It’s easy for social media posts to be misunderstood. The man who was so-called threatened openly admitted that he was not offended and appreciated the work of CPD.
Maybe now that the man said that they won't try to go "find" him.
- At this point I must ritually confess that as a young prosecutor I once put people in jail for marijuana distribution. It was the wrong thing to do. I should have known better at the time. The fact that I was very young is not a good excuse. I regret it. In fact I am ashamed of it. ▲
- The thread even drew attention from conservative pundit Todd Kincannon, who denounced the Chief's unconstitutional views. So congratulations, Chief: you're so far around the bend you even repulse someone whose hobby is fantasizing (or trolling) about transsexuals being put in concentration camps. ▲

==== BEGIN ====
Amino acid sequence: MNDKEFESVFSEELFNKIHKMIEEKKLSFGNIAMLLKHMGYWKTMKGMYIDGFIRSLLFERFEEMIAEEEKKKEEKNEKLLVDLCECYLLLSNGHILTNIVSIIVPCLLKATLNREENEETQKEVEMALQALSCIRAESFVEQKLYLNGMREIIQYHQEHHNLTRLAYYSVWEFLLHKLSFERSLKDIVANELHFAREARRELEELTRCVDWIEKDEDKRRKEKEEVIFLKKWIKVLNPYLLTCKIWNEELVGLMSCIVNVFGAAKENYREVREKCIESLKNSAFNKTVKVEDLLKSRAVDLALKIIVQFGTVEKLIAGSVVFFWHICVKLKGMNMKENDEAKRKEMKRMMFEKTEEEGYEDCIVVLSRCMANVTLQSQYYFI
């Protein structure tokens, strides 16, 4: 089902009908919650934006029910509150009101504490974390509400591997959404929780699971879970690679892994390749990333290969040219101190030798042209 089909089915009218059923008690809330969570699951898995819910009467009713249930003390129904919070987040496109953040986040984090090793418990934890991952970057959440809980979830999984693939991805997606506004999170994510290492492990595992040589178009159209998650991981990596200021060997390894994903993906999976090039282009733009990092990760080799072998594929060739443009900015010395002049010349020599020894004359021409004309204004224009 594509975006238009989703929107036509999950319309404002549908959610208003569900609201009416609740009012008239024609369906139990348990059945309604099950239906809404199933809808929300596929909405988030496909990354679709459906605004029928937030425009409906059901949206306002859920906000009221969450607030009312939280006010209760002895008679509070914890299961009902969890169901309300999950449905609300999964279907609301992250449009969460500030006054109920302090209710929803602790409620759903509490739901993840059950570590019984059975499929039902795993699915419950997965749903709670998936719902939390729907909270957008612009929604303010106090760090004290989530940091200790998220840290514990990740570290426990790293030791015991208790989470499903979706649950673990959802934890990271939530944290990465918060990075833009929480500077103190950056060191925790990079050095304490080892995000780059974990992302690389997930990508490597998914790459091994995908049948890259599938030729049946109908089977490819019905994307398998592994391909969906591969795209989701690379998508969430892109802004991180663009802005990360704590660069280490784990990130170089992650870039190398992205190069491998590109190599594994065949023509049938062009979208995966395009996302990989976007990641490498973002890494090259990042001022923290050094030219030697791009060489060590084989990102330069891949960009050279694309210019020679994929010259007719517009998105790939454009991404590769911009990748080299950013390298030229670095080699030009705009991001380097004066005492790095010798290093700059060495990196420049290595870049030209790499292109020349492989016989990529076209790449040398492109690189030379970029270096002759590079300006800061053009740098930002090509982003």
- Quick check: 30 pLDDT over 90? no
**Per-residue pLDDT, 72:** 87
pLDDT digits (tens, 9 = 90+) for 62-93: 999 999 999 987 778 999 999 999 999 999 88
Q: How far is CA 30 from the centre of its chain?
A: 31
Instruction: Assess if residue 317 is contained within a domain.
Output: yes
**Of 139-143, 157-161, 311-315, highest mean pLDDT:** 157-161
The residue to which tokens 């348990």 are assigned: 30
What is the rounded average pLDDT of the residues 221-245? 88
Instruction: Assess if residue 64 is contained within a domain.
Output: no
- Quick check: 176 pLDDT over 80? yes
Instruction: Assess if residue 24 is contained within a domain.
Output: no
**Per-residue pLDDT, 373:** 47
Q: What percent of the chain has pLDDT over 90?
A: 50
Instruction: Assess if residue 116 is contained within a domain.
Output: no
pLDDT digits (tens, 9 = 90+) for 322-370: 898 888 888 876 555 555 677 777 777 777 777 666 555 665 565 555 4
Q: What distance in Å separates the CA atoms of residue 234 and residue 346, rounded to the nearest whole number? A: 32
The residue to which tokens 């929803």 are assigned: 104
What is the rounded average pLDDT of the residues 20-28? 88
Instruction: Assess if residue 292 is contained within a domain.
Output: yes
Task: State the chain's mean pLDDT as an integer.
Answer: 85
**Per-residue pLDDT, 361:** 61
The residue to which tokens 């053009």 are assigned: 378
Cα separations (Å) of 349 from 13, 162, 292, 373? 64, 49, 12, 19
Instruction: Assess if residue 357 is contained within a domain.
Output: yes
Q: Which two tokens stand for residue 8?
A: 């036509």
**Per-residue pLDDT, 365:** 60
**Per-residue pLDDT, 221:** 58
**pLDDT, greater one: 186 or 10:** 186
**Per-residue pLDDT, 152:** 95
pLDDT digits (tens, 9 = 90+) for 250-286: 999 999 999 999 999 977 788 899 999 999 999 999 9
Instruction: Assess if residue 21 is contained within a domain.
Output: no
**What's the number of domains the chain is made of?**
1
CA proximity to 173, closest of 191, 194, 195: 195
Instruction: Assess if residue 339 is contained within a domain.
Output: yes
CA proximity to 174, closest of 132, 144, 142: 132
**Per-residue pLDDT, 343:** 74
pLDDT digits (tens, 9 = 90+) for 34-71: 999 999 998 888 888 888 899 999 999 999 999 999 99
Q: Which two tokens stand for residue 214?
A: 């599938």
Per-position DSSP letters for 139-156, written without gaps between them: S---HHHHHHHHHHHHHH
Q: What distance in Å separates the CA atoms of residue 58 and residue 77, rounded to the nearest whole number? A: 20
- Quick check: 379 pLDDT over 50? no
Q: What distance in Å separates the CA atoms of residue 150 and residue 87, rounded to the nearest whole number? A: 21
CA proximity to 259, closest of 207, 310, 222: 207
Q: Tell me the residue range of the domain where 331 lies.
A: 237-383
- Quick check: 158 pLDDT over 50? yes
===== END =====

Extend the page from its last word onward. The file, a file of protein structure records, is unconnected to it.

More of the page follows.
Last 5 posts by Ken White
- Free Speech Triumphant Or Free Speech In Retreat? - June 21st, 2017
- The Power To Generate Crimes Rather Than Merely Investigate Them - June 19th, 2017
- Free Speech, The Goose, And The Gander - June 17th, 2017
- Free Speech Tropes In The LA Times - June 8th, 2017
- I write letters - June 1st, 2017